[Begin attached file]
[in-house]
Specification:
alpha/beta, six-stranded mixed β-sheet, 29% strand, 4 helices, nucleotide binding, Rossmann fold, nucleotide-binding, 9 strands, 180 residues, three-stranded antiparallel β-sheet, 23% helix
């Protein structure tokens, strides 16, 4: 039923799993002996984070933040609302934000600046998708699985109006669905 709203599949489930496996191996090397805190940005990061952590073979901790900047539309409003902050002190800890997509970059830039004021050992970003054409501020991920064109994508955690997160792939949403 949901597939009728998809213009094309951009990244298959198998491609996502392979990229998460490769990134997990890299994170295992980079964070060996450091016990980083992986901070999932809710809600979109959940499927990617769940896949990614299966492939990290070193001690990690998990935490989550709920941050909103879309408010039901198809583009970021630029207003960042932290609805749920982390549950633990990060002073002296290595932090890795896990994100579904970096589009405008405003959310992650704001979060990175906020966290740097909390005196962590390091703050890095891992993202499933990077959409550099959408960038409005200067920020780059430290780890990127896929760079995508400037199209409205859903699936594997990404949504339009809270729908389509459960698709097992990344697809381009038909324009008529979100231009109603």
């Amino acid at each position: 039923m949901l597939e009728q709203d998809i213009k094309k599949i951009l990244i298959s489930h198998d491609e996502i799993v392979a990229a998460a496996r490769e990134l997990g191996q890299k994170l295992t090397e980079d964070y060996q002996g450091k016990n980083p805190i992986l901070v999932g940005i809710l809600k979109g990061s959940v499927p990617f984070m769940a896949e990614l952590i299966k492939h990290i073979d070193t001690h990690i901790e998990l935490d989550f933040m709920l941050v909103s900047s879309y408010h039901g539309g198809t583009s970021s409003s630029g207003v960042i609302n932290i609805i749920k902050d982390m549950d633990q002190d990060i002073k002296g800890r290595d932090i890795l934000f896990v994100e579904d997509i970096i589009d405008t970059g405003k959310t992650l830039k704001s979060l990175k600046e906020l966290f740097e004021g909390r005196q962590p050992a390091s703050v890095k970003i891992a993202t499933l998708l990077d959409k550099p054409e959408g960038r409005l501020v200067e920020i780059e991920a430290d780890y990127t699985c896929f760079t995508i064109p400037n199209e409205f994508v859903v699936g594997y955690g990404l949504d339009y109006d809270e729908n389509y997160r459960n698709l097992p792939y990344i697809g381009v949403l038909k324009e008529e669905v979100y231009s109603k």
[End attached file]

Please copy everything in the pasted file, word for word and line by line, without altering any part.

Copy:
[in-house]
Specification:
alpha/beta, six-stranded mixed β-sheet, 29% strand, 4 helices, nucleotide binding, Rossmann fold, nucleotide-binding, 9 strands, 180 residues, three-stranded antiparallel β-sheet, 23% helix
């Protein structure tokens, strides 16, 4: 039923799993002996984070933040609302934000600046998708699985109006669905 709203599949489930496996191996090397805190940005990061952590073979901790900047539309409003902050002190800890997509970059830039004021050992970003054409501020991920064109994508955690997160792939949403 949901597939009728998809213009094309951009990244298959198998491609996502392979990229998460490769990134997990890299994170295992980079964070060996450091016990980083992986901070999932809710809600979109959940499927990617769940896949990614299966492939990290070193001690990690998990935490989550709920941050909103879309408010039901198809583009970021630029207003960042932290609805749920982390549950633990990060002073002296290595932090890795896990994100579904970096589009405008405003959310992650704001979060990175906020966290740097909390005196962590390091703050890095891992993202499933990077959409550099959408960038409005200067920020780059430290780890990127896929760079995508400037199209409205859903699936594997990404949504339009809270729908389509459960698709097992990344697809381009038909324009008529979100231009109603």
């Amino acid at each position: 039923m949901l597939e009728q709203d998809i213009k094309k599949i951009l990244i298959s489930h198998d491609e996502i799993v392979a990229a998460a496996r490769e990134l997990g191996q890299k994170l295992t090397e980079d964070y060996q002996g450091k016990n980083p805190i992986l901070v999932g940005i809710l809600k979109g990061s959940v499927p990617f984070m769940a896949e990614l952590i299966k492939h990290i073979d070193t001690h990690i901790e998990l935490d989550f933040m709920l941050v909103s900047s879309y408010h039901g539309g198809t583009s970021s409003s630029g207003v960042i609302n932290i609805i749920k902050d982390m549950d633990q002190d990060i002073k002296g800890r290595d932090i890795l934000f896990v994100e579904d997509i970096i589009d405008t970059g405003k959310t992650l830039k704001s979060l990175k600046e906020l966290f740097e004021g909390r005196q962590p050992a390091s703050v890095k970003i891992a993202t499933l998708l990077d959409k550099p054409e959408g960038r409005l501020v200067e920020i780059e991920a430290d780890y990127t699985c896929f760079t995508i064109p400037n199209e409205f994508v859903v699936g594997y955690g990404l949504d339009y109006d809270e729908n389509y997160r459960n698709l097992p792939y990344i697809g381009v949403l038909k324009e008529e669905v979100y231009s109603k």